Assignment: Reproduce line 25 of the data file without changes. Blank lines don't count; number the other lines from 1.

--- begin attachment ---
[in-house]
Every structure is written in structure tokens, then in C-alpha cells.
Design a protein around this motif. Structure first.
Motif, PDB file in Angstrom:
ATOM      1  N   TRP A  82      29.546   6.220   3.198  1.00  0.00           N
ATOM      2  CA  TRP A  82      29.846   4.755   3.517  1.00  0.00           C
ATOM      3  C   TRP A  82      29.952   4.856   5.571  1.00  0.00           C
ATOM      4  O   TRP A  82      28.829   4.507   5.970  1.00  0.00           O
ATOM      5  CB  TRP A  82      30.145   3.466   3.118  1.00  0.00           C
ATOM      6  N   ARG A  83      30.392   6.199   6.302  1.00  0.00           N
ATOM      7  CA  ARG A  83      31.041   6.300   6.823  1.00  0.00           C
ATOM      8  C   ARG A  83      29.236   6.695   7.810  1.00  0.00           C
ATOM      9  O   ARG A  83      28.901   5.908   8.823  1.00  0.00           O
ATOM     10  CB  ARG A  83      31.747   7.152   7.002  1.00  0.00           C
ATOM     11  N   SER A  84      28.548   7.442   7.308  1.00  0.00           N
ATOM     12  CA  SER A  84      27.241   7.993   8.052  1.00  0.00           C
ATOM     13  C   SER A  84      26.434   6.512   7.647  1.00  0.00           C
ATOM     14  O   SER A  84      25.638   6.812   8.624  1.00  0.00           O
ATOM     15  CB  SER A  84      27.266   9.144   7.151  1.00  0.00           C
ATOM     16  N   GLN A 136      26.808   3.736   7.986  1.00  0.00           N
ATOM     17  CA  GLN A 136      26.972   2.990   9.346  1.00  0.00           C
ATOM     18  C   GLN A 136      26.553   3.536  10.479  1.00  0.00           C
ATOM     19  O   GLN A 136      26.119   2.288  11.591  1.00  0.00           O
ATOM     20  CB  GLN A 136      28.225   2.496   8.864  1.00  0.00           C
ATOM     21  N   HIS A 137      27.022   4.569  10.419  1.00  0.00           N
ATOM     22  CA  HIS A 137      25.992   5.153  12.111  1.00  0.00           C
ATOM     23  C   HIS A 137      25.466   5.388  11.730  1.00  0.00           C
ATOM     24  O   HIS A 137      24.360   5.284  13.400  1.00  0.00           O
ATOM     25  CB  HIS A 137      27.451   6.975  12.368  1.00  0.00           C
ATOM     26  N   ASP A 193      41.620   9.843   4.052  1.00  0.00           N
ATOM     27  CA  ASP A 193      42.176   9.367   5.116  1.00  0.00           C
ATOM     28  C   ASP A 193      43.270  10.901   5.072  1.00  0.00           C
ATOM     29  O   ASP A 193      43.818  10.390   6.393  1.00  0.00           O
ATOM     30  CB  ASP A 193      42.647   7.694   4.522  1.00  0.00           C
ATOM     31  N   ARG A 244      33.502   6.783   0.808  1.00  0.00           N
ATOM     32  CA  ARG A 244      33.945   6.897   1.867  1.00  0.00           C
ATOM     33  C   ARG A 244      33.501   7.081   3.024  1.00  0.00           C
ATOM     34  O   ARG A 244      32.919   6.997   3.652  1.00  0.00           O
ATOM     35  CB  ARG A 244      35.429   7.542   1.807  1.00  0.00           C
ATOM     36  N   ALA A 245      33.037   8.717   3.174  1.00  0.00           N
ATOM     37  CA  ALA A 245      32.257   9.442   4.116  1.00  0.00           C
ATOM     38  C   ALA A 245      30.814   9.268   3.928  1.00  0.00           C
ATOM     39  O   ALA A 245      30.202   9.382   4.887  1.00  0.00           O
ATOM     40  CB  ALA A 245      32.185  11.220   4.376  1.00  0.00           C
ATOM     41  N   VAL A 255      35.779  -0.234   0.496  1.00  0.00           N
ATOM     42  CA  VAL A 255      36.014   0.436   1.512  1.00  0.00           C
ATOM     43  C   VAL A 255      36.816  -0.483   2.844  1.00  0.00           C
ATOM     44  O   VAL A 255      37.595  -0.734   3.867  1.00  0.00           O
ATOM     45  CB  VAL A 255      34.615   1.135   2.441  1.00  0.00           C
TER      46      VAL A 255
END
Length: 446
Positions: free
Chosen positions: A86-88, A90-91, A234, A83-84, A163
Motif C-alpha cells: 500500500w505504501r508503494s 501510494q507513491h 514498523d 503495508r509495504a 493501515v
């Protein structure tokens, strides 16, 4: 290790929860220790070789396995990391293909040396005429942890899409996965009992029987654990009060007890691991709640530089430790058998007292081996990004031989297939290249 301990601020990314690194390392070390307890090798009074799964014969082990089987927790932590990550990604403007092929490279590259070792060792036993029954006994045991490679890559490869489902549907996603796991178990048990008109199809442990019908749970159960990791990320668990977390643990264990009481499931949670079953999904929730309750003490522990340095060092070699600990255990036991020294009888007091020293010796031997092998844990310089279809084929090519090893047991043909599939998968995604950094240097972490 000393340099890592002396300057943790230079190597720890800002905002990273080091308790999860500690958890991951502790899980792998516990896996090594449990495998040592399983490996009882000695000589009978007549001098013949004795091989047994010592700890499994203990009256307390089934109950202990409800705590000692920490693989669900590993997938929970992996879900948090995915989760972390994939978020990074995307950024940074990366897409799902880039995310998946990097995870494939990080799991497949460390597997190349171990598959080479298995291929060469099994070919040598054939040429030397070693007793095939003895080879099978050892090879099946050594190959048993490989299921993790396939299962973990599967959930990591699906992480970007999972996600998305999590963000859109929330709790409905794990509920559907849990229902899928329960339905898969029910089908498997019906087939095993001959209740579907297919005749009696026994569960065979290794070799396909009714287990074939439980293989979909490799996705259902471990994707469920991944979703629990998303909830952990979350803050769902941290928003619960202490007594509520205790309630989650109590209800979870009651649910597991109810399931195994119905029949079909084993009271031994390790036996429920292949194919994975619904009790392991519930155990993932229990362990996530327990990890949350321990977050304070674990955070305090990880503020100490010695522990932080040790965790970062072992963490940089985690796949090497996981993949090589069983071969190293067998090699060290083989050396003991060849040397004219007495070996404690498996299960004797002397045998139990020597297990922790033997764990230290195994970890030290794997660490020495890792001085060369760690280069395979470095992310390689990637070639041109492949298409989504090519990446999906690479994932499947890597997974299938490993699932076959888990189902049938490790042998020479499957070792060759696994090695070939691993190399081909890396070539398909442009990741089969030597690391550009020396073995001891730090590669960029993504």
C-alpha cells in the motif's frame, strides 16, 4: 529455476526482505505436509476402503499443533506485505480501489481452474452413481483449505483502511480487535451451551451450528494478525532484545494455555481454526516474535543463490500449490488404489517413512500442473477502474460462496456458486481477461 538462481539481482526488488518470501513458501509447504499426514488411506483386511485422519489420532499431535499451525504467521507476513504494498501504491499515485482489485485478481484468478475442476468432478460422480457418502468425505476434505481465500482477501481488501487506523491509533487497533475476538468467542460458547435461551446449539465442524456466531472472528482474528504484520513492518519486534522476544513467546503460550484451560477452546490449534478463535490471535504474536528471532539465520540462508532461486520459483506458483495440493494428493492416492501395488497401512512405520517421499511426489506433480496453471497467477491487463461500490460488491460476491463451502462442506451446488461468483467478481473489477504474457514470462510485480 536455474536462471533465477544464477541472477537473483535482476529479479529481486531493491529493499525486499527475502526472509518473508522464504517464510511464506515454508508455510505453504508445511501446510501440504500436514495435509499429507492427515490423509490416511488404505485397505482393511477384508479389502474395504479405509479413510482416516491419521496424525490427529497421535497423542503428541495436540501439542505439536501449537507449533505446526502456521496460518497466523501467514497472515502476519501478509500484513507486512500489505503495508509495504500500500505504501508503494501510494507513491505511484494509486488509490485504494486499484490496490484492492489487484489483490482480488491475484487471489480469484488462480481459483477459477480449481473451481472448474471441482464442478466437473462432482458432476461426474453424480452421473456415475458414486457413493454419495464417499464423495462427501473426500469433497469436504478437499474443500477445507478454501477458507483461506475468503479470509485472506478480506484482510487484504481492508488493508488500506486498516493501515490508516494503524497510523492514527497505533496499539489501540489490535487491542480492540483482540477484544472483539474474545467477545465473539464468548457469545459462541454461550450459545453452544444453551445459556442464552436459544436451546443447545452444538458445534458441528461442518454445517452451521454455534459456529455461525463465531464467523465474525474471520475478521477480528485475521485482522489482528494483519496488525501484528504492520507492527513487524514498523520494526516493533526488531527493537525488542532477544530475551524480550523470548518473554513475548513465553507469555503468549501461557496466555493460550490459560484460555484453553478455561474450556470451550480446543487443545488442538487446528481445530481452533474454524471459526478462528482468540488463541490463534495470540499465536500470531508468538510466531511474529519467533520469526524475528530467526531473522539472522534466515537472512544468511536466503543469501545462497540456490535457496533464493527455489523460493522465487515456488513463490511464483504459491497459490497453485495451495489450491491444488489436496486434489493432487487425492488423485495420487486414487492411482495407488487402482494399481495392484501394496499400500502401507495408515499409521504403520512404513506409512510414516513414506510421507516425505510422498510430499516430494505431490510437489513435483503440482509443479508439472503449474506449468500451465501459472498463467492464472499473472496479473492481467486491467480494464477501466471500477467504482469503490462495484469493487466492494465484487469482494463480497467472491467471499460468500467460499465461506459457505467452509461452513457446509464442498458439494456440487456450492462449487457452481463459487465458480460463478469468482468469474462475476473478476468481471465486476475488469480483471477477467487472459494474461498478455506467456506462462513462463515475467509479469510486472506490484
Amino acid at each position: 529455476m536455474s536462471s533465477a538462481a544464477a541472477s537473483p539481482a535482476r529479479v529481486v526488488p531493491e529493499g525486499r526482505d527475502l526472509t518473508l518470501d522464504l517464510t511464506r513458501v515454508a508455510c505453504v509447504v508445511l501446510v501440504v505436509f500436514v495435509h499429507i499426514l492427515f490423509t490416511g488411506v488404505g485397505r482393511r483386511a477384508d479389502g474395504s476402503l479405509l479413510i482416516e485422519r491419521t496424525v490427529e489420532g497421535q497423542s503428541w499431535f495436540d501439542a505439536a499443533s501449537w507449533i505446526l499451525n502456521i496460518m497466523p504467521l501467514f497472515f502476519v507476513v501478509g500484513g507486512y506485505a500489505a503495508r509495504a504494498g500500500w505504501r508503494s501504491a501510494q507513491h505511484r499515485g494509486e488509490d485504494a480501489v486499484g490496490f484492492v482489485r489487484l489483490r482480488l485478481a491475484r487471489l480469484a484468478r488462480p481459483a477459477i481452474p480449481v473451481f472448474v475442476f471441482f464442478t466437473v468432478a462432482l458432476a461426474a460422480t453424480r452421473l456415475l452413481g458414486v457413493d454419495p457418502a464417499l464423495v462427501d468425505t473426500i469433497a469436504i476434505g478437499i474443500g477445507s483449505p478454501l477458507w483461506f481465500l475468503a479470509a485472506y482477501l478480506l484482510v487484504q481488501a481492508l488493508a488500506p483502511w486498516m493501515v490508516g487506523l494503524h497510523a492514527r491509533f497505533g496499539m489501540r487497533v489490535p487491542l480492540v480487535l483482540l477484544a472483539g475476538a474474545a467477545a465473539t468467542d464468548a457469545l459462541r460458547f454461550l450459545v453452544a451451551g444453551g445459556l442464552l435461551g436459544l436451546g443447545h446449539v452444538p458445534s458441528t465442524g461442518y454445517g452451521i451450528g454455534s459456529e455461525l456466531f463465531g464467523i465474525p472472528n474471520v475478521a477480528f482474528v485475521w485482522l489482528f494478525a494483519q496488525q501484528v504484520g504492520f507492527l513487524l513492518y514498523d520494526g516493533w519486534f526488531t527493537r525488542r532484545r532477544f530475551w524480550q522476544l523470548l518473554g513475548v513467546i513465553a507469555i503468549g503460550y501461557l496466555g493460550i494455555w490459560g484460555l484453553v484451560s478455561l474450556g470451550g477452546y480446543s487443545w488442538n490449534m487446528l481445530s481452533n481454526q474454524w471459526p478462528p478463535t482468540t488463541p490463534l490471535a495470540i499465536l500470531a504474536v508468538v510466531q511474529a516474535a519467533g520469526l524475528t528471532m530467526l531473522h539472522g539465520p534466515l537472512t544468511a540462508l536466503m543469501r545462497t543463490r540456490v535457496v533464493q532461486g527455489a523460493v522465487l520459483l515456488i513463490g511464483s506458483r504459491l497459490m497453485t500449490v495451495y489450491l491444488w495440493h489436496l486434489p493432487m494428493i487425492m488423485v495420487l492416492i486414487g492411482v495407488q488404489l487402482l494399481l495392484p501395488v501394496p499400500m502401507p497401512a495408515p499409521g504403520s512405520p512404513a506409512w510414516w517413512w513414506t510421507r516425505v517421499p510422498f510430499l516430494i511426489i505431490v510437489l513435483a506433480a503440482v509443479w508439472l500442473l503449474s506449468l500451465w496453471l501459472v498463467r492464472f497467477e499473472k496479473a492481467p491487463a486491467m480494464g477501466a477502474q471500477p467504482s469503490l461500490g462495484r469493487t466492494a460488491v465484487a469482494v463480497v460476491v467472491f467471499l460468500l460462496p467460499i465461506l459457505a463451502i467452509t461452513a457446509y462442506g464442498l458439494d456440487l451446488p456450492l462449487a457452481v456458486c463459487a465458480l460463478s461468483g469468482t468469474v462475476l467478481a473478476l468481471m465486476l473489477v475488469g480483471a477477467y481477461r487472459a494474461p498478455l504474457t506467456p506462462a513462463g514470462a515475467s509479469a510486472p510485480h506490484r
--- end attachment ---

ATOM     21  N   HIS A 137      27.022   4.569  10.419  1.00  0.00           N